Video can be a very useful tool for education, but so much of what is available is above the level of my 7th grade students to understand independently, which renders it mostly useless for the flipped classroom. That is why I love Brainpop. Its videos make perfect entry-level introductions to a wide range of topics in history and other topics . Furthermore, it provides follow-up activities and lessons, allowing me to hold my students accountable.
I have used Brainpop videos often this year to introduce or reinforce lessons taught in class, usually at home (flipped model), and sometimes in the classroom.
Just last week I used one in the middle of our research project to reinforce the concept of source reliability. Given the world wide web (literally world wide), I can’t think of a much more critical lesson for students in the modern generation, students who think that Google is their major source of information, rather than understanding that it is only a window to other places.
To help the students with one step in this process of understanding the world of information, I used Brainpop. Following some tips I picked up from other bloggers, I gave my students with an overarching question to consider before they went home to watch the video: How do you know if your source is reliable? It’s been a subtheme for our research all year, and I felt like now they were ready, based on their experience and prior lessons, to truly evaluate sources on their own. Up until now, we have basically required students to follow the steps provided, which forces them to begin with the most reliable sources (academic encyclopedias and databases).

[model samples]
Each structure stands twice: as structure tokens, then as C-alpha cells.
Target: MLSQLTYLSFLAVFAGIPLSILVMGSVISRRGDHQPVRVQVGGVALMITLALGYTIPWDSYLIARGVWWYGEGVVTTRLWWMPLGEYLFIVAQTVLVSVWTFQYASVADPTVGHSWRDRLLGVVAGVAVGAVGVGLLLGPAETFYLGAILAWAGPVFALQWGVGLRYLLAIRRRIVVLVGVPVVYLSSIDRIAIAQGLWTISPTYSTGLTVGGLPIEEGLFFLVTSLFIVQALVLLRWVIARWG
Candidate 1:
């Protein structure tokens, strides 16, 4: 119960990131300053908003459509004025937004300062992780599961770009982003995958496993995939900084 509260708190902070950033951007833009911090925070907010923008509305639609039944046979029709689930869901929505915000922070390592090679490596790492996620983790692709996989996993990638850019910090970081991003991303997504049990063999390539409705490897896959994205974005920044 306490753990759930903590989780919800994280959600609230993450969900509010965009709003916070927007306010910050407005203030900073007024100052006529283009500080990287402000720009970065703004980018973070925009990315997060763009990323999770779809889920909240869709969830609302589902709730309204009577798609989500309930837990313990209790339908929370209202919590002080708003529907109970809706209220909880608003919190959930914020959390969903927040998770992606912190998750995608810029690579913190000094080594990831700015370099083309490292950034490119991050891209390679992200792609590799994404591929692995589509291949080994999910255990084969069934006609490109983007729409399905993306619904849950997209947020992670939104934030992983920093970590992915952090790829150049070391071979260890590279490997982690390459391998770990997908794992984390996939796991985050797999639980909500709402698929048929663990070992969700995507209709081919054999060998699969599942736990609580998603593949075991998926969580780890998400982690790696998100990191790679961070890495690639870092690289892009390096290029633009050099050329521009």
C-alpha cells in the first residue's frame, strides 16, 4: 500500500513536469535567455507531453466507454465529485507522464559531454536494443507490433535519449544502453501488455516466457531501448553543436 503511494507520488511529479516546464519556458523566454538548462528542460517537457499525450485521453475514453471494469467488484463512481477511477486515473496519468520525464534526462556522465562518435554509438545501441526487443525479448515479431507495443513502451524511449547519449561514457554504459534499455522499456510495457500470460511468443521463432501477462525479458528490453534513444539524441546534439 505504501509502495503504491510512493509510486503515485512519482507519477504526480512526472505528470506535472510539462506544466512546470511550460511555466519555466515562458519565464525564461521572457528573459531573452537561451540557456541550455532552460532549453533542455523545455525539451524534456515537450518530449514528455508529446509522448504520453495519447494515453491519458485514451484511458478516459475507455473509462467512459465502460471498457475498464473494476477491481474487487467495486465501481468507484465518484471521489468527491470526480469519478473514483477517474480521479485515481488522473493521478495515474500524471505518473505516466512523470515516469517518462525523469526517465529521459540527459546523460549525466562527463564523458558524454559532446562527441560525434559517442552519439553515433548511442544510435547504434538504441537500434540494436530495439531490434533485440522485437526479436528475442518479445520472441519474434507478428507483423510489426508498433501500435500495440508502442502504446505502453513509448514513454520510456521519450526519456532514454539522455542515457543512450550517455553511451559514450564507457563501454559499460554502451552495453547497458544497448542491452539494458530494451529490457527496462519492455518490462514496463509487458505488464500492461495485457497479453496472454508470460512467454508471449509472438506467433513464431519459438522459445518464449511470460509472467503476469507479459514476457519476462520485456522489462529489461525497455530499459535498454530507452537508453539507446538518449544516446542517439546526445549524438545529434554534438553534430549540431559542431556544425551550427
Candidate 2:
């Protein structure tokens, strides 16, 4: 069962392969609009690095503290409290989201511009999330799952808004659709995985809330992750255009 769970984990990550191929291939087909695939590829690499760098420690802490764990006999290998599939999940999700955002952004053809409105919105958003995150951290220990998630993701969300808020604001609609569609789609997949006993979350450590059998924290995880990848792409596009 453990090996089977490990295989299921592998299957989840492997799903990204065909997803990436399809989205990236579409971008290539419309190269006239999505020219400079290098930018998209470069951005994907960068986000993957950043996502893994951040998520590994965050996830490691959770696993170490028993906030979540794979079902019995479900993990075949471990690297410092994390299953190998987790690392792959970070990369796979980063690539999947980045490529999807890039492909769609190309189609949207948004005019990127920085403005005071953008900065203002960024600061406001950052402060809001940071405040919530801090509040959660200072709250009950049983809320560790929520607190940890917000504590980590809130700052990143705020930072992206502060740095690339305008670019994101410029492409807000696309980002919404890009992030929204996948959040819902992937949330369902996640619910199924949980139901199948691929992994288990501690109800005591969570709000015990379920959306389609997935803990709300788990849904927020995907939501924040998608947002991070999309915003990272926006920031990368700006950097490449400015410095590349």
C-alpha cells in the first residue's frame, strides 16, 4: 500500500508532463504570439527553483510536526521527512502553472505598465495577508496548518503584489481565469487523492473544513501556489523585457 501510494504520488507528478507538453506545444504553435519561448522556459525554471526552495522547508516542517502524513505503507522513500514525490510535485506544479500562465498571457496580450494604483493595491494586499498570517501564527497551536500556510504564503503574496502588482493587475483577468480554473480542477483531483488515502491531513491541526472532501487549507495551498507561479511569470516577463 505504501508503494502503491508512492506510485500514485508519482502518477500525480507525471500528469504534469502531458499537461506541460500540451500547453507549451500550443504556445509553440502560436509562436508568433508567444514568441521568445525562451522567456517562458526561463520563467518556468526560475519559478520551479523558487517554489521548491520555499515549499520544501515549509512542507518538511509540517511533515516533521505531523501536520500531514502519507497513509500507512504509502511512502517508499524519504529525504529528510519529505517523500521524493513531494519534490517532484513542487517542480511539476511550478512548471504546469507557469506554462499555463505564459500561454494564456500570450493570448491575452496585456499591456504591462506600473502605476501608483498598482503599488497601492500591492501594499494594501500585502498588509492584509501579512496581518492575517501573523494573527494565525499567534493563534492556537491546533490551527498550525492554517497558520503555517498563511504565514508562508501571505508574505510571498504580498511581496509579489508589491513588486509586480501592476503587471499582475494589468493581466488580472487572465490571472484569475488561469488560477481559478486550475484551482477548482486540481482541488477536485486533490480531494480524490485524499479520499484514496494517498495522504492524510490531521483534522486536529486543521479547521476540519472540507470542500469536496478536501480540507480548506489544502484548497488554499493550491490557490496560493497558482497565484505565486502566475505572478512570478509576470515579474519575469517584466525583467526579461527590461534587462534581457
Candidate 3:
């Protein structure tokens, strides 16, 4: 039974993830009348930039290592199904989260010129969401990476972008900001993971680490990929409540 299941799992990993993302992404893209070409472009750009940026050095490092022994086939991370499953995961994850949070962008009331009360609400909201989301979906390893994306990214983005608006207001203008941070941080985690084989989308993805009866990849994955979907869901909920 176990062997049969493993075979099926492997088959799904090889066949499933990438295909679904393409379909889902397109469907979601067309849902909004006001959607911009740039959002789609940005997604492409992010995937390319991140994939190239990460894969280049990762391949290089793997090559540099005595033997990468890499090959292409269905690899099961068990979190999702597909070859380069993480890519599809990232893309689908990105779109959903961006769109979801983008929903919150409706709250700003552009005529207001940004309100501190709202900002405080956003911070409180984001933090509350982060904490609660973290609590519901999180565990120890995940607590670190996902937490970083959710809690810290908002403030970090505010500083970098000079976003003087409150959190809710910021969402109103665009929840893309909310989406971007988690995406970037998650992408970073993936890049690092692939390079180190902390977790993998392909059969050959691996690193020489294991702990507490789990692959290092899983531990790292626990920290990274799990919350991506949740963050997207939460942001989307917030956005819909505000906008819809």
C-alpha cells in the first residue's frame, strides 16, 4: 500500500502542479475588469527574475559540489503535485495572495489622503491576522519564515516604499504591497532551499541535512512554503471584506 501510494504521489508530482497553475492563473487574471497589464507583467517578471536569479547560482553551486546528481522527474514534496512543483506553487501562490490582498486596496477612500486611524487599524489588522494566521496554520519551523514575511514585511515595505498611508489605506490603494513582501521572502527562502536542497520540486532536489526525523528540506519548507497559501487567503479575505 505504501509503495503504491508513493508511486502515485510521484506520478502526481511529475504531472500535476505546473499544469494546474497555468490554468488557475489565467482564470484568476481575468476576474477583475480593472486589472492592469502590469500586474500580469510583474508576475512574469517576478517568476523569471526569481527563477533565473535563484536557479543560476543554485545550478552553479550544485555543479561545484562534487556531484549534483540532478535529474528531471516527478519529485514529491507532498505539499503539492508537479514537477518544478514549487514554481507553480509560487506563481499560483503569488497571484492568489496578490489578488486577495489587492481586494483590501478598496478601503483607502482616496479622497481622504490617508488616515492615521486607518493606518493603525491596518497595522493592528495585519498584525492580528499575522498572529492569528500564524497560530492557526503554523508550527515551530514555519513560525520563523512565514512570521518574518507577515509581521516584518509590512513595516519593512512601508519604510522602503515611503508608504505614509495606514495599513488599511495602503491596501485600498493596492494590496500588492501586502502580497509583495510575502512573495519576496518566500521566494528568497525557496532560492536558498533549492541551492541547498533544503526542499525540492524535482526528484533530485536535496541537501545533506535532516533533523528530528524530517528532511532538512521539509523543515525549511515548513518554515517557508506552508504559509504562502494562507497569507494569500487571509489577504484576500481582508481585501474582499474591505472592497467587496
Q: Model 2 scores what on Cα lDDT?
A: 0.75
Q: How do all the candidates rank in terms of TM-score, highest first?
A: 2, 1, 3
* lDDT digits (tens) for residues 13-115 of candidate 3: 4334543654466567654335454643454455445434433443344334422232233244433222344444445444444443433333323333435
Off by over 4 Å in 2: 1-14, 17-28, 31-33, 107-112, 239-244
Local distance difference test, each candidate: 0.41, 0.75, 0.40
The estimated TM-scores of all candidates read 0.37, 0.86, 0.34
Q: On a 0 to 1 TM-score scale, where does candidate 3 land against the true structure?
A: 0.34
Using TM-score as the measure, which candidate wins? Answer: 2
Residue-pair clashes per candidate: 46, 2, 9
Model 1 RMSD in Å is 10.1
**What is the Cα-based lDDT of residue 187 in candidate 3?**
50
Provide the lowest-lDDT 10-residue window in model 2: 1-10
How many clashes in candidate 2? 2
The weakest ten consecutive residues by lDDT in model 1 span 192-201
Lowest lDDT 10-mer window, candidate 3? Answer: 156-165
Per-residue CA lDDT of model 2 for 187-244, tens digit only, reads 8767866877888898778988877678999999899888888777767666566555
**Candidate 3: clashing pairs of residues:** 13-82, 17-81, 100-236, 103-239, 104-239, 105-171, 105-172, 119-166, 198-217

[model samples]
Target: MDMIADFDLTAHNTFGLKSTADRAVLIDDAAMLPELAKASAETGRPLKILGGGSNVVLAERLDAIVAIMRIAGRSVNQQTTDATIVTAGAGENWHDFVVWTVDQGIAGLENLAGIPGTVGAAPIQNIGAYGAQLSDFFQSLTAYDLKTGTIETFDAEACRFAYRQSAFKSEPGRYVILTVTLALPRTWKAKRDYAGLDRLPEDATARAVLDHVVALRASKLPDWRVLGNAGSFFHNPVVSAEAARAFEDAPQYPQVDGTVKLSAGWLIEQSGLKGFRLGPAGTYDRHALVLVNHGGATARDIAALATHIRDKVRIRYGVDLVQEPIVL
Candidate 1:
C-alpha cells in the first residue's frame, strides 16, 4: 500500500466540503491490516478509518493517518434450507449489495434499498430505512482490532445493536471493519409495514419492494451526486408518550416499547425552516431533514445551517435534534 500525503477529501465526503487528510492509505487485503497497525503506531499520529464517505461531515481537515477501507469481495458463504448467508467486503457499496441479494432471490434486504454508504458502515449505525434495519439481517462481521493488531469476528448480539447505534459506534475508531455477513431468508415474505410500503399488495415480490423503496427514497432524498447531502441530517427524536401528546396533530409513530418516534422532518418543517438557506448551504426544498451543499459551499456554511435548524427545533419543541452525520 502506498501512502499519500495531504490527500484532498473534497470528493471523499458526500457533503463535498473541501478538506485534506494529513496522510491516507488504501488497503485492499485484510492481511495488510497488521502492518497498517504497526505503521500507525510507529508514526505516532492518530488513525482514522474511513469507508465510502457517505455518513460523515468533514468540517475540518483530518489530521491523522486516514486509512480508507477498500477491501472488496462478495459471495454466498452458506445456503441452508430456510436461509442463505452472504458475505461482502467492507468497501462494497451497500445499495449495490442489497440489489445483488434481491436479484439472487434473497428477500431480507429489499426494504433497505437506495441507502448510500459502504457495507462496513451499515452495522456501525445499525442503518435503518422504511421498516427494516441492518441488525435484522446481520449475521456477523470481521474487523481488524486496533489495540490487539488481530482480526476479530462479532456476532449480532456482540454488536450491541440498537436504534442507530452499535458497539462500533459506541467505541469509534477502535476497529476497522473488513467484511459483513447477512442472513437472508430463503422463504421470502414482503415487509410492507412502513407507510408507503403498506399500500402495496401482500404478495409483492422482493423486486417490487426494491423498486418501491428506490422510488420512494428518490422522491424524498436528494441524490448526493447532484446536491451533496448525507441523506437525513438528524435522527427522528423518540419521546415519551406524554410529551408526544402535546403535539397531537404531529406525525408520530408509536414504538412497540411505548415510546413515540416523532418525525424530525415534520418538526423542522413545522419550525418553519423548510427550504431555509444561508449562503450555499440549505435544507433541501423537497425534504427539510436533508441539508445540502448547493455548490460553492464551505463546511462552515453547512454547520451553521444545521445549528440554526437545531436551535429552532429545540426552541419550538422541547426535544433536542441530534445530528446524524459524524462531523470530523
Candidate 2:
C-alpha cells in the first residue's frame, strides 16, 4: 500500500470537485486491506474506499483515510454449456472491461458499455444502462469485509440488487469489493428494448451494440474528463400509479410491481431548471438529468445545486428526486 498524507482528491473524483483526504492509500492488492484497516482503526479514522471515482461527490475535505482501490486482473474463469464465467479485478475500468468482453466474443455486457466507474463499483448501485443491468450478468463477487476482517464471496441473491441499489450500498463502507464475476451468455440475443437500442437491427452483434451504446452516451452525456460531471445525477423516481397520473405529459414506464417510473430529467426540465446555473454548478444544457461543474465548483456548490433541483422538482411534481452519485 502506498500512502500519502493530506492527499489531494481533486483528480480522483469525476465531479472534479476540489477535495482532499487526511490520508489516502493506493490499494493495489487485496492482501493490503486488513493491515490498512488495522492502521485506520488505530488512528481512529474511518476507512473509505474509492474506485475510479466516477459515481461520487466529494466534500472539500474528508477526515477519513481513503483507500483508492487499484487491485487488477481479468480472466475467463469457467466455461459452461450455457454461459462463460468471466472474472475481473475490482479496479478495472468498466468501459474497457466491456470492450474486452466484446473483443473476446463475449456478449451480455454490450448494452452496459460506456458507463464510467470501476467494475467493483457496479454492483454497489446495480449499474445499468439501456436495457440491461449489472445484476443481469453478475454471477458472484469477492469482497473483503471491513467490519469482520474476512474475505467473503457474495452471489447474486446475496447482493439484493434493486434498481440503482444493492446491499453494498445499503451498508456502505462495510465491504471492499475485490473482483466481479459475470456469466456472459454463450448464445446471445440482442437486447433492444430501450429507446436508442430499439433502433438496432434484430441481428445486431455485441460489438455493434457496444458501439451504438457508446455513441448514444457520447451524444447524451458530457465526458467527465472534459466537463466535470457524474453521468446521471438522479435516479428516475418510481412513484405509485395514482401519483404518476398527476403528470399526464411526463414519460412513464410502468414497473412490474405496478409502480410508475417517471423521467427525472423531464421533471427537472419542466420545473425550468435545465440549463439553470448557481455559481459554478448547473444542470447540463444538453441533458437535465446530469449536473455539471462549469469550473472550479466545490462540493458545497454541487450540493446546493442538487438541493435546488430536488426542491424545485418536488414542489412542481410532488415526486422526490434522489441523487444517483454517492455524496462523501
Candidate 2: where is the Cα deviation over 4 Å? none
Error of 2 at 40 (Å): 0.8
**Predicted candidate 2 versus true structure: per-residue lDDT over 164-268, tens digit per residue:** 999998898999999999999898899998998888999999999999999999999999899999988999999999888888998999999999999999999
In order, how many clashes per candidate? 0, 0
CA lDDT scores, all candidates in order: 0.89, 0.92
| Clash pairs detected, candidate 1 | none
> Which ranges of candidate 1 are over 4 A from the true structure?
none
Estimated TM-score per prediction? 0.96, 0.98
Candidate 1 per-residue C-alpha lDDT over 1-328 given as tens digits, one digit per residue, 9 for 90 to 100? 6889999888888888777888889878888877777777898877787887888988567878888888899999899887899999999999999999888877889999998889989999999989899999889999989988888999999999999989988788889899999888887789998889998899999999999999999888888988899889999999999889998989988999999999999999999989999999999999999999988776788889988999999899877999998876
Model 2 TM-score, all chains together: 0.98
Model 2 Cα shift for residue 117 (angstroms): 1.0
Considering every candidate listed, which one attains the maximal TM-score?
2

After a very brief intro to the question and topic, I sent the students home. I assigned them to watch the video at home, complete and submit the related quiz, and then answer the questions on a worksheet I provided for them.
The next day they came to class full of ideas around reliability, and I wanted them to reinforce and apply their understanding. For the final stage I used a think-pair-share around the questions on the worksheet. This got them discussing their thoughts about reliable research. Once they were done with that, I gave them a list of 10 types of sources and asked them to rank the sources as a team. This sort of evaluation forces them to really consider the relative merits of each type of source, and hopefully, sets in their minds the learning objectives, 1) that all sources have some reliability, 2) some are much more reliable than others, and 3) even 7th grade students can use their knowledge and skills to help determine reliability.
Overall, I feel that the combination of video, discussion, and application in a flipped classroom model is a powerful learning tool that motivates students and engages them in higher levels of learning without even realizing it.